Did losing Twitter really make LinkedIn better?

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At the recent ‘TechCrunch: Disrupt Technology’ Conference held in San Francisco, LinkedIn co-founder and chairman Reid Hoffman rocked the audience when he revealed that “from a LinkedIn perspective, it improved the product to lose the Twitter connection.”

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Just three months ago, Twitter broke up its digital marriage to LinkedIn when it suspended its news feed link into the LinkedIn update reel — much to the ire of the global social networking community. Apparently the reason for this sudden departure from the world’s largest professional network was Twitter’s decision to encourage users to visit its own services rather than a different network. Said Greg Sterling, an analyst at Opus Research, at the time, “They don’t want people to consume and interact with Twitter in places where they probably have no ability to put ads.”

At the time, many analysts were left wondering just how bad this move would hurt LinkedIn, as the majority of the user updates consisted of their Twitter stream. Hoffman admitted as much when he spoke at Disrupt: “We were initially trying pretty hard to keep the relationship with Twitter, because we were concerned about the liquidity of the stream.”

That is, Hoffman and company could have been left dry and stranded without the Twitter feed, considering that most of the content flowing through users’ LinkedIn streams was made up of their Twitter accounts.

However, Hoffman’s take, 100 days on, is a different tune altogether. “When Twitter cut us off, we got better, business-focused conversation … From a LinkedIn perspective, it improved the product to lose the Twitter connection.”

It has now turned out that the prediction of Memeburn contributor David Graham was on the money. In his recent article “Are LinkedIn and Twitter becoming unsocial?”, Graham argued that “this move is good because we should be using the two platforms differently. It also discourages marketers that adopt a “spray and pray” approach with their content.”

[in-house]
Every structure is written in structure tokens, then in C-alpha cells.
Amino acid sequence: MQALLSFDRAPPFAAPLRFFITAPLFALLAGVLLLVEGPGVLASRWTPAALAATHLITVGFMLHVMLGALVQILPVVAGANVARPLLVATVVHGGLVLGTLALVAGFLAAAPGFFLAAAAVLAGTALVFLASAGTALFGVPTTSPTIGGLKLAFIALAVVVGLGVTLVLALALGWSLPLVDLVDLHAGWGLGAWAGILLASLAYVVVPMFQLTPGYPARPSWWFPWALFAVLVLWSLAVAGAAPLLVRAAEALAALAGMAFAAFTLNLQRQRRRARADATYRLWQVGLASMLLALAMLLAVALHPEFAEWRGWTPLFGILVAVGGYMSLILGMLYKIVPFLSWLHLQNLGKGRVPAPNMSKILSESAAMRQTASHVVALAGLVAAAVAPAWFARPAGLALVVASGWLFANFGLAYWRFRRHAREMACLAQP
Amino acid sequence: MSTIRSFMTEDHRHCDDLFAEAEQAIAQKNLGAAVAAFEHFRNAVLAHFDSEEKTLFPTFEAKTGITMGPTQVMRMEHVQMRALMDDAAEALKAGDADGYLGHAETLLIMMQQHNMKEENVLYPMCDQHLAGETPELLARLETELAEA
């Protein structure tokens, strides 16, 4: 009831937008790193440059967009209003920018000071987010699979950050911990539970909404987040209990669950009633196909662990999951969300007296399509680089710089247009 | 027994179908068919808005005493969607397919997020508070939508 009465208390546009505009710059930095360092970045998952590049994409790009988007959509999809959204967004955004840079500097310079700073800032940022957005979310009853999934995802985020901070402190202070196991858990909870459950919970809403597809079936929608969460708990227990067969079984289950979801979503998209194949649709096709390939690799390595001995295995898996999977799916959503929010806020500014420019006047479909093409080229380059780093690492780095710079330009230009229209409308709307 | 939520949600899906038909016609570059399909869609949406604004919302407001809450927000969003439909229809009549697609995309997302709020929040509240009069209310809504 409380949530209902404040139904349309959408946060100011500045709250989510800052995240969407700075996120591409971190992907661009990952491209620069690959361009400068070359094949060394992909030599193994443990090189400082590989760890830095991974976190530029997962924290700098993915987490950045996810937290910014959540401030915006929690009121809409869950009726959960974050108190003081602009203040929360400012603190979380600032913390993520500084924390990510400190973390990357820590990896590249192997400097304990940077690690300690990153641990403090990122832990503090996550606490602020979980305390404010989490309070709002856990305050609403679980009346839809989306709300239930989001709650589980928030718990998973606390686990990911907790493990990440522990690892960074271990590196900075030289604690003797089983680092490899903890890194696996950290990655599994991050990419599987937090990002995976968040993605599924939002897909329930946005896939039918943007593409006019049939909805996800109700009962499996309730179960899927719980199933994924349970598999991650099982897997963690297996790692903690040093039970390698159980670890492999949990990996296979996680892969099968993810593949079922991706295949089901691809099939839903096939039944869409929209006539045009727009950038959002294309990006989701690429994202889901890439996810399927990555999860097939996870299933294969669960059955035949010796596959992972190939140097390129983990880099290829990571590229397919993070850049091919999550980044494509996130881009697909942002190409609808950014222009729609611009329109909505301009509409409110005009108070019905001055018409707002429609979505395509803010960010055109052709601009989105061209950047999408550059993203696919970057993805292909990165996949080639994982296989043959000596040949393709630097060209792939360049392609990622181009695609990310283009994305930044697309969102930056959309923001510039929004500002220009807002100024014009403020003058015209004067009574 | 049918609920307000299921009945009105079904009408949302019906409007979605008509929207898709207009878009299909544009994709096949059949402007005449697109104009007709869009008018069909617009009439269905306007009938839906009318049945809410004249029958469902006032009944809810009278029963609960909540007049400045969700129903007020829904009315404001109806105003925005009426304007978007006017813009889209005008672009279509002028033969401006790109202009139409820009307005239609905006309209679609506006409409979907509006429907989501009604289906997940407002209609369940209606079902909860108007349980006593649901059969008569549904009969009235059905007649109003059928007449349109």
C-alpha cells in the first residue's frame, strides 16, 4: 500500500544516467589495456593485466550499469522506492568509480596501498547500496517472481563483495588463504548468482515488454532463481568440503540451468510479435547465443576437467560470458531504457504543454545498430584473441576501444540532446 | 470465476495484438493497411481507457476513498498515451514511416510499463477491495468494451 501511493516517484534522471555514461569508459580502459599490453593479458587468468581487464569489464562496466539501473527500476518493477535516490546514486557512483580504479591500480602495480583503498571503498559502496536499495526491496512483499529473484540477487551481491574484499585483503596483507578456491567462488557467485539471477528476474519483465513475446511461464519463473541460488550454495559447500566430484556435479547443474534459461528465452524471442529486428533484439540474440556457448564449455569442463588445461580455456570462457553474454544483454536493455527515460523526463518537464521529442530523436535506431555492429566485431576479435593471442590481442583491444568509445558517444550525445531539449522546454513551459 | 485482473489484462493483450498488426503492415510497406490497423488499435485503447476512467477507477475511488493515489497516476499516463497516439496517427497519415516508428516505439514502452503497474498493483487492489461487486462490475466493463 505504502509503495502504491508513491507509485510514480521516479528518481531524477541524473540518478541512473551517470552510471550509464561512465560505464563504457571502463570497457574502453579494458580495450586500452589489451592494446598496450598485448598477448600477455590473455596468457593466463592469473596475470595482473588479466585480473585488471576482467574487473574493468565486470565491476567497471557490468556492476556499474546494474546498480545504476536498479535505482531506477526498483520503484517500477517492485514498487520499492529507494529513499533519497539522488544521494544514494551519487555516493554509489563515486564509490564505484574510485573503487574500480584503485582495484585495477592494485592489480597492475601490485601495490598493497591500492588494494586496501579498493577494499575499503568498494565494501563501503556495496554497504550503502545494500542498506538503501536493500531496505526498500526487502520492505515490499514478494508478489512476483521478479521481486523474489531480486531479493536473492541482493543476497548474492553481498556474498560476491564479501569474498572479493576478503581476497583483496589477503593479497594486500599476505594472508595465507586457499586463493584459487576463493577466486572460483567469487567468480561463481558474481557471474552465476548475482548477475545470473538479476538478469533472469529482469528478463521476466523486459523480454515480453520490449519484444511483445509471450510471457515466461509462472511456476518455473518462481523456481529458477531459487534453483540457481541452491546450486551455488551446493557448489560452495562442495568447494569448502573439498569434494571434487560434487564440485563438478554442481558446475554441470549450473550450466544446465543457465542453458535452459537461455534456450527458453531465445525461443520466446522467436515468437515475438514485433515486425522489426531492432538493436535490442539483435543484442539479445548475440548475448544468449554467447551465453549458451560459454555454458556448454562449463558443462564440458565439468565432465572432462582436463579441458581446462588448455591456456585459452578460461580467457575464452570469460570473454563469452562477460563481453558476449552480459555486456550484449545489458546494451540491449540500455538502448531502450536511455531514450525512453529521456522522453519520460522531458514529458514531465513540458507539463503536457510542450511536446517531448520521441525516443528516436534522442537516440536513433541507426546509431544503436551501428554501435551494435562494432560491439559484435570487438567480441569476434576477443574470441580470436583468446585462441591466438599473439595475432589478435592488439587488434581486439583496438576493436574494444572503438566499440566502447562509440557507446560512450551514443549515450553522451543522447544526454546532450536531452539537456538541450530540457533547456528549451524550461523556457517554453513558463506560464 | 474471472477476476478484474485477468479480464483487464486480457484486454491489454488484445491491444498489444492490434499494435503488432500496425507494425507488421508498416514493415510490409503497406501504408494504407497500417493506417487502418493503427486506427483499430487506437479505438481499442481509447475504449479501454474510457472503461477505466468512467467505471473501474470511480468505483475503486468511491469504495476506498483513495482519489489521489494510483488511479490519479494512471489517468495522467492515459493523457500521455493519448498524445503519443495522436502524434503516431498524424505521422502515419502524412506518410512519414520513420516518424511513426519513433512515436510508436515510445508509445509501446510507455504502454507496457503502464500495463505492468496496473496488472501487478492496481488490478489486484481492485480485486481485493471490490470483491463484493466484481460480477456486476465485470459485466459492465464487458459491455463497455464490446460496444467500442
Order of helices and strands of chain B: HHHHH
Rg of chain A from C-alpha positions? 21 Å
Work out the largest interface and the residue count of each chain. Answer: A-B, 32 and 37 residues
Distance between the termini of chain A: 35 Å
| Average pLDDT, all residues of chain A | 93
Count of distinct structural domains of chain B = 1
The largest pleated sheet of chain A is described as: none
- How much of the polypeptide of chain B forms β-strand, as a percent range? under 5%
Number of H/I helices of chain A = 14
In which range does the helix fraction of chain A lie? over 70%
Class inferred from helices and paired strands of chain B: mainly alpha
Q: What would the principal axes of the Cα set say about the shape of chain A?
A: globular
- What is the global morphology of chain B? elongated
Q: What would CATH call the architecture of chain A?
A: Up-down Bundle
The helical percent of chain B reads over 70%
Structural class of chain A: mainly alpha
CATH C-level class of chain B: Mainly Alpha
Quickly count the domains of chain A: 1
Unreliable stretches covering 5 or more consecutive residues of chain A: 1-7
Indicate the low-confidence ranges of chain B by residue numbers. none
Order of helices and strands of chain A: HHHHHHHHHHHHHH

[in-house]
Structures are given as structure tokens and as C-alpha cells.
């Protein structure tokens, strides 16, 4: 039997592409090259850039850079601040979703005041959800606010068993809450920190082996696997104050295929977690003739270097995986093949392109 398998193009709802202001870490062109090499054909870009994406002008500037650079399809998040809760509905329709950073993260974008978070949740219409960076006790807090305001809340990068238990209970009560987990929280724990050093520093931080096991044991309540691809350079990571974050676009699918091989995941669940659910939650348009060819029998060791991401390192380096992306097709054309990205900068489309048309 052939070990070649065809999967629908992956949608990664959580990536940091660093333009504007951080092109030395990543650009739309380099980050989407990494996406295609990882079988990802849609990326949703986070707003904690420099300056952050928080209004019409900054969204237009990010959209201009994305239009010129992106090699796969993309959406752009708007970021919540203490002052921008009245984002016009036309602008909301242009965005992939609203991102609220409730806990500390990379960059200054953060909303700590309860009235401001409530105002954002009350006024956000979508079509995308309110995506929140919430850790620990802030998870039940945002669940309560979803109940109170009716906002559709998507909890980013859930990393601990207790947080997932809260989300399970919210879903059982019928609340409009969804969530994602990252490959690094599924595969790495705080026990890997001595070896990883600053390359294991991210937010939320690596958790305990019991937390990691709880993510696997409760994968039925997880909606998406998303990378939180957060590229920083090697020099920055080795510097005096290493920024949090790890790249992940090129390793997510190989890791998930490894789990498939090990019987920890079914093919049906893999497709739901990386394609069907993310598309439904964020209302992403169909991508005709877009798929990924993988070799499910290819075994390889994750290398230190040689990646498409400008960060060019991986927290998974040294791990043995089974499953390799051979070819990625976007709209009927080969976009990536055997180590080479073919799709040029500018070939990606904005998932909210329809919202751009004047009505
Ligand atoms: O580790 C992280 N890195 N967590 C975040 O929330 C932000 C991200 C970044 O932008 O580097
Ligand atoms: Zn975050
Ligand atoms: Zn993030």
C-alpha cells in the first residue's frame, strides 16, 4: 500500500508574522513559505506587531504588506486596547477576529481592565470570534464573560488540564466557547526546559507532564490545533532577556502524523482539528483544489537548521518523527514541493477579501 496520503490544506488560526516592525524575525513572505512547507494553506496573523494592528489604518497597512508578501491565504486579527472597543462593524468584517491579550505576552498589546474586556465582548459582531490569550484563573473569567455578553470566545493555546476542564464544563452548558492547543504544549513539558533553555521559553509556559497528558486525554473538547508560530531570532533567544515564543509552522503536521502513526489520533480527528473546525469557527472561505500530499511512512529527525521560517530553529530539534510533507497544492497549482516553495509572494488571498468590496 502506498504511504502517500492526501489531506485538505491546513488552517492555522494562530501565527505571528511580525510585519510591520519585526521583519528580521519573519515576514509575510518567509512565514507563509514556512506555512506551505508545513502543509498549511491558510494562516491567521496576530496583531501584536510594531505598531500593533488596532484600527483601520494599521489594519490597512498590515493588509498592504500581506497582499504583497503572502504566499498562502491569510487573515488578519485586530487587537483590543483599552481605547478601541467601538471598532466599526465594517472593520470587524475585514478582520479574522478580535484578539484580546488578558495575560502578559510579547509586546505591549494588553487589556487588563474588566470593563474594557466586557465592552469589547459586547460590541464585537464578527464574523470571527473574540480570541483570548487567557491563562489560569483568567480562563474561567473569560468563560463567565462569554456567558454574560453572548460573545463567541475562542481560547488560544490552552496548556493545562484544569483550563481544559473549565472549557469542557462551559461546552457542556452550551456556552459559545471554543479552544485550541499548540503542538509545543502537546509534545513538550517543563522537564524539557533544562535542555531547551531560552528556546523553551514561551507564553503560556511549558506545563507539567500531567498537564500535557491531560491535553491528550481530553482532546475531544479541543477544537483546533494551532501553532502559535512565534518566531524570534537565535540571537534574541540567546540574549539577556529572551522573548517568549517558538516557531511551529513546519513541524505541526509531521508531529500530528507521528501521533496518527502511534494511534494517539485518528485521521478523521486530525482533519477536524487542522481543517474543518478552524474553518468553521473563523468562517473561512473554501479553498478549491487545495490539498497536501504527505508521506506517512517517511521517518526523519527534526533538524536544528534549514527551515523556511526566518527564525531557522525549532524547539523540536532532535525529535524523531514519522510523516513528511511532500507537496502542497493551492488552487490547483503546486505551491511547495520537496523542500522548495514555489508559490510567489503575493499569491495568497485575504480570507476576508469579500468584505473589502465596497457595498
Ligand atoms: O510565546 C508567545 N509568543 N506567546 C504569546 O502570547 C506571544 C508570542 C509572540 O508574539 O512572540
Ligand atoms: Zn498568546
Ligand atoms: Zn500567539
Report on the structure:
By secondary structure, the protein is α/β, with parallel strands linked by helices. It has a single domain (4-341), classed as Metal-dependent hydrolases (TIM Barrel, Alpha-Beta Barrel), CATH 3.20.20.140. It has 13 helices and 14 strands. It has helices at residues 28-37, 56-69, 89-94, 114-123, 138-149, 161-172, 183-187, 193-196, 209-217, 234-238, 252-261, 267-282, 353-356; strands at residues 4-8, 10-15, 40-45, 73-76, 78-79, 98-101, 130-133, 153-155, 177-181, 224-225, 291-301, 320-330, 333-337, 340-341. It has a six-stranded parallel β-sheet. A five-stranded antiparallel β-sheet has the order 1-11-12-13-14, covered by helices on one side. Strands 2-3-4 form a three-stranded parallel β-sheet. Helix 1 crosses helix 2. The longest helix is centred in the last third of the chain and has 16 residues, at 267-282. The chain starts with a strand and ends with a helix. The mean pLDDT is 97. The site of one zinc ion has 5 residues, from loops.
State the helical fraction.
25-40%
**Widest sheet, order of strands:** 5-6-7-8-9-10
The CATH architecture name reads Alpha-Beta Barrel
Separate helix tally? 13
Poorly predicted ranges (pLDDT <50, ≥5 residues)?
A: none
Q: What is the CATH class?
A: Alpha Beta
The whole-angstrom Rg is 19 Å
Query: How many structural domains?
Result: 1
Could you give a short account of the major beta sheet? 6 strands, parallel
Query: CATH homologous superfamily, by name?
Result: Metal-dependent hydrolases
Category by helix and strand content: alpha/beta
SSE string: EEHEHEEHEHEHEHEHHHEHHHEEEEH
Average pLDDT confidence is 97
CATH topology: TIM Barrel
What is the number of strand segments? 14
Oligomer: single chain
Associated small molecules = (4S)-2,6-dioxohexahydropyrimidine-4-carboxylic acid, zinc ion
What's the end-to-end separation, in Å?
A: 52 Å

Further on, in his opinion leader piece, Graham shared a personal story about the B2B reasons why LinkedIn users should keep their Tweeting separate from , saying that: “I am pleased in a way that this has happened, as it will thwart the spammers that broadcast continuously across all these channels.

It will also encourage users to manage their conversations independently too. LinkedIn users are generally different from Twitter users and the tone and content of the conversations differ too. I received a request from one of my LinkedIn contacts a while back. He told me that he found the links I shared with him very useful but he asked if I can strip out the “other” updates which he didn’t find useful.

Graham concluded that “upon investigation I discovered that the ‘other’ updates were my Twitter conversations which a LinkedIn professional user, who is not accustomed to Twitter, would consider gibberish.”

As Gary Halbert, the great copywriter and father of email marketing, used to say, “the riches are in the niches”. LinkedIn has certainly done a great service to the business community by cutting off the Tweeting noise and focusing on keeping conversations to the point. Since the breakup with Twitter, LinkedIn has been hard at work to introduce new functionality for its members:

  • Homepage redesign: Introducing a simpler homepage
  • New layout for LinkedIn Pages: Introducing a new look for company pages
  • College pilot programme: Introducing our College Pilot Program

    And of all the tech IPOs in the past year, LinkedIn has fared the very best: The company’s shares have more than doubled over the past 52 weeks, whilst others such as Facebook have nose-dived. Maybe it is time for the LinkedIn community to turn around to Twitter and thank the microblogger for walking away – after all, in a digital world full of noise and distraction, many a time less is more.

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